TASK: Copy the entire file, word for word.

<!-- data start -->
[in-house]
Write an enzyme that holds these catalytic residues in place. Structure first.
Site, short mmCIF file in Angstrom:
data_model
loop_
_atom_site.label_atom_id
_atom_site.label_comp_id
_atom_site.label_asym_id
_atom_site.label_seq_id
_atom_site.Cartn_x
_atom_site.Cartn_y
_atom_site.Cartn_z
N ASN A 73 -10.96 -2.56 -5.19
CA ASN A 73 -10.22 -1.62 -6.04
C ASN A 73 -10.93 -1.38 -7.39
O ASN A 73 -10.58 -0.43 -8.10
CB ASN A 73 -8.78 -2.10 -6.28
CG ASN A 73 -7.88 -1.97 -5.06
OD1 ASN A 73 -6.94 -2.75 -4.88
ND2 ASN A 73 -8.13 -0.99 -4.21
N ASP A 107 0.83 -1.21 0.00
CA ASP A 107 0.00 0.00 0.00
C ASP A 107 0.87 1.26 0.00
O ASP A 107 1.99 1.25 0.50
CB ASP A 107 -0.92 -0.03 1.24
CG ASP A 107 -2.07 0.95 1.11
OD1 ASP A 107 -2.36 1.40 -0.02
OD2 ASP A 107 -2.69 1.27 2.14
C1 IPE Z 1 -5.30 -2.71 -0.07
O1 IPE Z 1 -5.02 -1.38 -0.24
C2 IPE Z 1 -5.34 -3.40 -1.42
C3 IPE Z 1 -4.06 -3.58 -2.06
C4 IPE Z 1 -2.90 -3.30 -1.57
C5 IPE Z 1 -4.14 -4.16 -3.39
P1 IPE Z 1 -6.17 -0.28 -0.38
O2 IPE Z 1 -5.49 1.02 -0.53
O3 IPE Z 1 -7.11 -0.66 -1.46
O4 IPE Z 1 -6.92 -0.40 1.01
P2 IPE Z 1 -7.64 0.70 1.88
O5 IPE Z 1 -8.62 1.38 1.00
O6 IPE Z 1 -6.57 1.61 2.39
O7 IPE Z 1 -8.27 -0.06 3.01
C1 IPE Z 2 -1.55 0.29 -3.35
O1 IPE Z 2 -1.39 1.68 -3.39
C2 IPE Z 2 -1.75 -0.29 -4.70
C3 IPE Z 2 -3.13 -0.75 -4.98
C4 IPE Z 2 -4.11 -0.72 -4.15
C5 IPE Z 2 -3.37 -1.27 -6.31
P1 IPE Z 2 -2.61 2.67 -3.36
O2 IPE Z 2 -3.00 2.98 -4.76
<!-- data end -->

[in-house]
Write an enzyme that holds these catalytic residues in place. Structure first.
Site, short mmCIF file in Angstrom:
data_model
loop_
_atom_site.label_atom_id
_atom_site.label_comp_id
_atom_site.label_asym_id
_atom_site.label_seq_id
_atom_site.Cartn_x
_atom_site.Cartn_y
_atom_site.Cartn_z
N ASN A 73 -10.96 -2.56 -5.19
CA ASN A 73 -10.22 -1.62 -6.04
C ASN A 73 -10.93 -1.38 -7.39
O ASN A 73 -10.58 -0.43 -8.10
CB ASN A 73 -8.78 -2.10 -6.28
CG ASN A 73 -7.88 -1.97 -5.06
OD1 ASN A 73 -6.94 -2.75 -4.88
ND2 ASN A 73 -8.13 -0.99 -4.21
N ASP A 107 0.83 -1.21 0.00
CA ASP A 107 0.00 0.00 0.00
C ASP A 107 0.87 1.26 0.00
O ASP A 107 1.99 1.25 0.50
CB ASP A 107 -0.92 -0.03 1.24
CG ASP A 107 -2.07 0.95 1.11
OD1 ASP A 107 -2.36 1.40 -0.02
OD2 ASP A 107 -2.69 1.27 2.14
C1 IPE Z 1 -5.30 -2.71 -0.07
O1 IPE Z 1 -5.02 -1.38 -0.24
C2 IPE Z 1 -5.34 -3.40 -1.42
C3 IPE Z 1 -4.06 -3.58 -2.06
C4 IPE Z 1 -2.90 -3.30 -1.57
C5 IPE Z 1 -4.14 -4.16 -3.39
P1 IPE Z 1 -6.17 -0.28 -0.38
O2 IPE Z 1 -5.49 1.02 -0.53
O3 IPE Z 1 -7.11 -0.66 -1.46
O4 IPE Z 1 -6.92 -0.40 1.01
P2 IPE Z 1 -7.64 0.70 1.88
O5 IPE Z 1 -8.62 1.38 1.00
O6 IPE Z 1 -6.57 1.61 2.39
O7 IPE Z 1 -8.27 -0.06 3.01
C1 IPE Z 2 -1.55 0.29 -3.35
O1 IPE Z 2 -1.39 1.68 -3.39
C2 IPE Z 2 -1.75 -0.29 -4.70
C3 IPE Z 2 -3.13 -0.75 -4.98
C4 IPE Z 2 -4.11 -0.72 -4.15
C5 IPE Z 2 -3.37 -1.27 -6.31
P1 IPE Z 2 -2.61 2.67 -3.36
O2 IPE Z 2 -3.00 2.98 -4.76